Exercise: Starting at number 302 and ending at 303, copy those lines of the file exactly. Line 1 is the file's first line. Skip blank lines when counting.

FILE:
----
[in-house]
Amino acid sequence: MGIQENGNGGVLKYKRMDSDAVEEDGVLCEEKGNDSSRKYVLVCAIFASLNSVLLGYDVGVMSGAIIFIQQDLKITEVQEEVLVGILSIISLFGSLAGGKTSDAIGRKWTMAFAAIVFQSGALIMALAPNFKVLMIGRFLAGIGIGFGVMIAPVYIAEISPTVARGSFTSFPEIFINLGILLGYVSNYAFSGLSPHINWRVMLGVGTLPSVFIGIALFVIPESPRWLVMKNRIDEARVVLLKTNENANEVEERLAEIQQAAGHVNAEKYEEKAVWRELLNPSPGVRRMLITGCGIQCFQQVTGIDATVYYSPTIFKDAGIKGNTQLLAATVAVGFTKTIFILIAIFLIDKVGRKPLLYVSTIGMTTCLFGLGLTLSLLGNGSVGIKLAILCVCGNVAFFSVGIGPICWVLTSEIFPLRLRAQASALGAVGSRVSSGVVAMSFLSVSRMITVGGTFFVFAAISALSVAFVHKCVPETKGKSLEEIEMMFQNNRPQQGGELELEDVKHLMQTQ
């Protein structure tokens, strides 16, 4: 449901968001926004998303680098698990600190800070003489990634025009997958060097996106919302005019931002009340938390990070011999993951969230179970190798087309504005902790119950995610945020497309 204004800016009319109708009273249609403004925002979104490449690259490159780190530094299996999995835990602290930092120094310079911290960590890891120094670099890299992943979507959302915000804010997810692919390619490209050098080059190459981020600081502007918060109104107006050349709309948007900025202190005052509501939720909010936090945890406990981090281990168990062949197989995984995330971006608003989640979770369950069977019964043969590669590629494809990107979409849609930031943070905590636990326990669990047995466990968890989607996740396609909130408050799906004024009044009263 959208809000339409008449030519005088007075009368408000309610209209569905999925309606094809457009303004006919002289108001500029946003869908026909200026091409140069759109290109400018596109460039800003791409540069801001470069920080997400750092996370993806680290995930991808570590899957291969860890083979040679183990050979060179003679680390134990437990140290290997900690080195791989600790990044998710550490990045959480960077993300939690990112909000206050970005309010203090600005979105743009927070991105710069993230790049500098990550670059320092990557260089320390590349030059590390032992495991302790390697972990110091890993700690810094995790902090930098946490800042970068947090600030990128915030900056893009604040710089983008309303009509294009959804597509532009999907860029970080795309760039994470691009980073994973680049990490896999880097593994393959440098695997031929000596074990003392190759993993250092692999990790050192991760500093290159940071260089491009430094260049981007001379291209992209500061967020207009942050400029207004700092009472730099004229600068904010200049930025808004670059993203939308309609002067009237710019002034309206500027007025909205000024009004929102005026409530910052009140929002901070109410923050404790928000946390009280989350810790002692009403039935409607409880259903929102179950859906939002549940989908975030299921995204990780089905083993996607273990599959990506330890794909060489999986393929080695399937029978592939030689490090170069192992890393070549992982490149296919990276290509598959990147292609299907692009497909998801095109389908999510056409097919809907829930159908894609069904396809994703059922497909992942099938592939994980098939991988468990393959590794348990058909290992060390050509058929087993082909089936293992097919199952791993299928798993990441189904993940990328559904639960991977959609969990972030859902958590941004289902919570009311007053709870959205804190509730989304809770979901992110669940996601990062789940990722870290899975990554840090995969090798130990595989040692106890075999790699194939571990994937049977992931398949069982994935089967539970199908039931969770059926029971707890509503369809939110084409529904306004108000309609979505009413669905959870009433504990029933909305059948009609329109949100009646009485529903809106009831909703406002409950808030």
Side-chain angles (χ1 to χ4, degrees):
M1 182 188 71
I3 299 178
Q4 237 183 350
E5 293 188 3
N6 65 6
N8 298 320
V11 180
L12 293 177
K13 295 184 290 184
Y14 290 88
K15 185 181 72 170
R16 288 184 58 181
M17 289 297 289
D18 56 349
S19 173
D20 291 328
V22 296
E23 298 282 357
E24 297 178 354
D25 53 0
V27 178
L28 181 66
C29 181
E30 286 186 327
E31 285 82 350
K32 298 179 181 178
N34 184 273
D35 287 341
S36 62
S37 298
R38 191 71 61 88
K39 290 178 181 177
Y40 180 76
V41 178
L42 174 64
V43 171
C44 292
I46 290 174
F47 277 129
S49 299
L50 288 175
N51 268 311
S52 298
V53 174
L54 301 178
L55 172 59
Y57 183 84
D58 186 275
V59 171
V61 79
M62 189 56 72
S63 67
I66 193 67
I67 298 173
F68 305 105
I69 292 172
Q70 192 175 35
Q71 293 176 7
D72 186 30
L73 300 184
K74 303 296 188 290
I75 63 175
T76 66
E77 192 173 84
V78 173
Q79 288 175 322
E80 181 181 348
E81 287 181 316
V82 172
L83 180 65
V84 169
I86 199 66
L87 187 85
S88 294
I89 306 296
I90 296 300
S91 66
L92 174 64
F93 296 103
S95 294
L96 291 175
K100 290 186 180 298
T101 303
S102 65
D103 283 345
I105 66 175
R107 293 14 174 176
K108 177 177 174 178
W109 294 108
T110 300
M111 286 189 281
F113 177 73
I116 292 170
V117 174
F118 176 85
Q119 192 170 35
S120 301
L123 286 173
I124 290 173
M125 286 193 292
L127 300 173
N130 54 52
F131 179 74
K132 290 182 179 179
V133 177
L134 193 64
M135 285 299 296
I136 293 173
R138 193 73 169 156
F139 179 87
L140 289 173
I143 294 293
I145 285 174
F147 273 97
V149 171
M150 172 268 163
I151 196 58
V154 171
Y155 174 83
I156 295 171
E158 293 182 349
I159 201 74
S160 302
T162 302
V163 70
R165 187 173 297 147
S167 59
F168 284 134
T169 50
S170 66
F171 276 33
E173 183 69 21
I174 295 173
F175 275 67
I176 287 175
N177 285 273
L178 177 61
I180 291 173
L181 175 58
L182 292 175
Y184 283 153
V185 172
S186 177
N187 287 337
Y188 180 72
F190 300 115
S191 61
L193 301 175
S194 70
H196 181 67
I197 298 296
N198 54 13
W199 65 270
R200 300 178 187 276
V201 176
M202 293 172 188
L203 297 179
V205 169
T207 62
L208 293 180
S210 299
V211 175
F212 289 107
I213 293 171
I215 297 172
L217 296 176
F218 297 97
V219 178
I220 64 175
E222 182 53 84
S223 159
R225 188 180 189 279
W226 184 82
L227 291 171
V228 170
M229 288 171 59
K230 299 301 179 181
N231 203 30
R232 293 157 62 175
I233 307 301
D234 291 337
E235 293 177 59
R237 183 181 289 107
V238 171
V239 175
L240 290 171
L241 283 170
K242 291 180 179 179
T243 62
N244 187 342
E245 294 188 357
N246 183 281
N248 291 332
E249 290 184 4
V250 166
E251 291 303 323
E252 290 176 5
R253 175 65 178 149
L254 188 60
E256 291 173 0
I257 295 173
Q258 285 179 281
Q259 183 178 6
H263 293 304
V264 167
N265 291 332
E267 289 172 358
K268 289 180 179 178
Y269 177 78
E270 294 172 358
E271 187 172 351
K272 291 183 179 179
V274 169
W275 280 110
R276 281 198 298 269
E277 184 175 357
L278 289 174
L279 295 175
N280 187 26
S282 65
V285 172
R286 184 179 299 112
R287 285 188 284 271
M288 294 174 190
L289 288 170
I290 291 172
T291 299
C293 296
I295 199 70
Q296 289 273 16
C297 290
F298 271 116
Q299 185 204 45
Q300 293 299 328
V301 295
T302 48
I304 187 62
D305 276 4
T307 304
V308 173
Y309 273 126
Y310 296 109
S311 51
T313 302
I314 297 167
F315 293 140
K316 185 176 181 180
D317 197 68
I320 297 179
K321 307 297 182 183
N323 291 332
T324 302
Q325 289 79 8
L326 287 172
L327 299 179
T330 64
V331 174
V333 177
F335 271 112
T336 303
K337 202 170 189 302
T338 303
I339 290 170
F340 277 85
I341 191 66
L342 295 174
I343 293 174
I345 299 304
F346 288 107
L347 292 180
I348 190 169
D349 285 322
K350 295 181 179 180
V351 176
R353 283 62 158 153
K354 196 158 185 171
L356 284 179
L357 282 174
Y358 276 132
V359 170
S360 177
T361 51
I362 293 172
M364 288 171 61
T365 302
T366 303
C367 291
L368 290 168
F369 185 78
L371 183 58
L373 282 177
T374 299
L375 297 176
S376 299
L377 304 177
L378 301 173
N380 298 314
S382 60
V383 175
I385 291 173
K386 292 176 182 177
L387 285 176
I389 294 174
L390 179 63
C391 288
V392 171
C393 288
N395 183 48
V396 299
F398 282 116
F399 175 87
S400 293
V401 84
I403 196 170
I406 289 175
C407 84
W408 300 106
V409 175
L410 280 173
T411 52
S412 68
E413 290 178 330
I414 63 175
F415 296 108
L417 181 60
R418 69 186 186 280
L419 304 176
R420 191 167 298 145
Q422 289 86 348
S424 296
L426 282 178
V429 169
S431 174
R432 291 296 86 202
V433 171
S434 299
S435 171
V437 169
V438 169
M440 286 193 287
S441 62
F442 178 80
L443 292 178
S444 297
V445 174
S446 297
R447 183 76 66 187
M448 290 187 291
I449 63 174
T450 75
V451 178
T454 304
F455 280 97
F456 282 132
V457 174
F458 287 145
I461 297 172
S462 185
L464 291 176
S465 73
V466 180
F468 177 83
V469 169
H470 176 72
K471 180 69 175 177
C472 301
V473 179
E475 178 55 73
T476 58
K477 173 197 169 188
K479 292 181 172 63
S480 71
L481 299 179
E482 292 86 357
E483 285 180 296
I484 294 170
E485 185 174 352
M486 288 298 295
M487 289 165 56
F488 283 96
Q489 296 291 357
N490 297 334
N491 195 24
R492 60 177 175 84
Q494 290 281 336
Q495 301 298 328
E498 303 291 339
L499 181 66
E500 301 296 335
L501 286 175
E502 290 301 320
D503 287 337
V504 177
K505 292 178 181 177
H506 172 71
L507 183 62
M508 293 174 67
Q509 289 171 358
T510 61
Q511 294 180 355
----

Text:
S382 60
V383 175